The candidacy of nearly all of the contenders in the 28th Ward and several in the 29th Ward races remain in doubt as hearings continued Wednesday, Dec. 8 to determine who will qualify for the Feb. 22 ballot.

Hearings will continue well into next week before officials certify the list of people who will challenge incumbent Ald. Deborah Graham in the 29th as well as who will run in the 28th Ward, where Ald. Ed Smith served until retiring last week. The ballot will be finalized on Dec. 23, which, coincidentally, is the last day for candidates to withdraw their names from consideration.

Challenges to candidates in the 37th were withdrawn after the first hearings of the Chicago Board of Election Commissioners, while decisions are pending in matters involving 29th Ward candidates Bernard Cobbins Jr. and Curtis Myles.

As of Tuesday, none of the challenged candidates had been removed from the ballot. Objections had to be filed by Nov. 30. All decisions will be posted on the board’s web site.

The only unchallenged candidate in the 28th Ward was William Siegmund. Credentials are being reviewed for: David J. Young, Michael A. (Mike) Stinson, Carol G. Johnson, Jason C. Ervin, James Ogden, Erick Von Kondrat, Velda Brunner, Shawn A. Walker and Carmelita P. Earls.

Of the 13 candidates filing in the 29th Ward, Ald. Graham, C.B. Johnson, Thomas E. Simmons, Mary Russell Gardner, Jill R. Bush and Roman Morrow remain unchallenged. Besides Cobbins and Myles, contenders in doubt are: Sheneather “Shey” Butler, Eugene Greer, Marshall E. Hatch Sr., Oddis “O.J.” Johnson and Beverly D. Rogers.

In the 37th Ward, the candidates are: Ald. Mitts, Marietta Brown-Miller, Minerva V. Orozco, Steven E. Pleasant, Tommy O. Abina and Shanika J. Finley.

In examining the challenges, a variety of reasons surfaced.

Some were as simple as not numbering the pages of the petitions submitted to the election board. Other claims included candidates not getting enough valid signatures to qualify because some were forged, the people who signed petitions were not registered to vote or did not live in the ward, or some people signed a petition twice or signed the petitions for more than one candidate running in the same contest.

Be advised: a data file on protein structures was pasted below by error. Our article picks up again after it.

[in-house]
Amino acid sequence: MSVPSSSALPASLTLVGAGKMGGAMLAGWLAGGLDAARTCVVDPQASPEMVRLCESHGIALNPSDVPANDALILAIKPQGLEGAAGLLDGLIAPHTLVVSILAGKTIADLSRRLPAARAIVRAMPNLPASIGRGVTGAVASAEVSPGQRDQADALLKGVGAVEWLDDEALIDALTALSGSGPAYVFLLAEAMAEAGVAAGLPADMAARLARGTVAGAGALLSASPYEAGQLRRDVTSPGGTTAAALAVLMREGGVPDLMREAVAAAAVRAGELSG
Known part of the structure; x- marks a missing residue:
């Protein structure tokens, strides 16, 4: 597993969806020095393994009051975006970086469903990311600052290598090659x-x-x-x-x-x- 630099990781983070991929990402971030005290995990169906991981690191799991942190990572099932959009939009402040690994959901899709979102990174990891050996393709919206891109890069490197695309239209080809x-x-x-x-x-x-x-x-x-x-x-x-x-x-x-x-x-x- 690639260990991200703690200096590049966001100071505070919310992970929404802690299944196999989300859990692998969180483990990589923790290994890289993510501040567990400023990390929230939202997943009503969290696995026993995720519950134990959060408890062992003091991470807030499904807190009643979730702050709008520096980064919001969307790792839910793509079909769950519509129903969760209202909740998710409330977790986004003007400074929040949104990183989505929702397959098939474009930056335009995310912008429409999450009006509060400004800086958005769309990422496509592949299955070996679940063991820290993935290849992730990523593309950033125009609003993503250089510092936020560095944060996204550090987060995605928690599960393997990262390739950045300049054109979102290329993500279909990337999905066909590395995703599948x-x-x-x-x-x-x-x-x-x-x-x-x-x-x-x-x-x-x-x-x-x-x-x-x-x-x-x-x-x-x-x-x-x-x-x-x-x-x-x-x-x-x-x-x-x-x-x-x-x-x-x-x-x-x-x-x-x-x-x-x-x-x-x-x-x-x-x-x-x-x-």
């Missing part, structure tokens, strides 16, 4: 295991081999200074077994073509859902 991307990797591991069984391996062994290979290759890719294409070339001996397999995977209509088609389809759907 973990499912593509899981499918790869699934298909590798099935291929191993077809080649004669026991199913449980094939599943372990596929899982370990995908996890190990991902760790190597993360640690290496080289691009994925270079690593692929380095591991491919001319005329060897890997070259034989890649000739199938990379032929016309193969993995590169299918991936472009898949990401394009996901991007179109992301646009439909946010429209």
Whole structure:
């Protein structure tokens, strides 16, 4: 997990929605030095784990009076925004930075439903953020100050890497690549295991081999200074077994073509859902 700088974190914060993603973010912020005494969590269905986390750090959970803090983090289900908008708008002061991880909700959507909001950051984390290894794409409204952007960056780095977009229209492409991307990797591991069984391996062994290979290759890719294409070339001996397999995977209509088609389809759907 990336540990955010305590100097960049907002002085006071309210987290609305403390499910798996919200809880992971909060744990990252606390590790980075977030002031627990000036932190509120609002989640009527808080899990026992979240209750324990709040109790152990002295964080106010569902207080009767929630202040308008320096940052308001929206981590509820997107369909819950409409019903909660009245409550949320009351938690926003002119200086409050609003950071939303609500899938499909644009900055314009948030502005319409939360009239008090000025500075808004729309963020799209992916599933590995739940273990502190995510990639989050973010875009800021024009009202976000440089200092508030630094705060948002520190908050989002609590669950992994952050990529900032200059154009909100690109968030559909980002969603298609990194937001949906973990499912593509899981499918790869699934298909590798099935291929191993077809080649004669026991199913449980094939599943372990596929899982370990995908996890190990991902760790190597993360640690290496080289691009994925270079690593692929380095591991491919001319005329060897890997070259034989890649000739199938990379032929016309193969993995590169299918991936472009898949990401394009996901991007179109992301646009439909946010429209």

In the 28th and 37th wards, a candidate had to collect 152 signatures to qualify for the ballot; in the 29th Ward, a candidate needed 157. Those figures were based on 2 percent of the total number of votes cast in that aldermanic race in 2007.

Other reasons candidates’ petitions were challenged involved discrepancies related to the people who circulated nominating petitions.

Challengers claimed that the circulators were too young to pass around petitions (you have to be at least 18 and a citizen of the United States, according to the Illinois State Board of Elections). Challengers also charged that they did not live at the address they marked down; or they did not witness the signing of the petitions.

There also were challenges over who had notarized some of the petitions.

Challengers also asserted that some candidates should be removed from the ballot because they owed money to Chicago-in violation of state law-while others failed to provide a receipt for the statement of economic interest, which is required when candidates file their nominating papers.

Hearings take place at 69 W. Washington.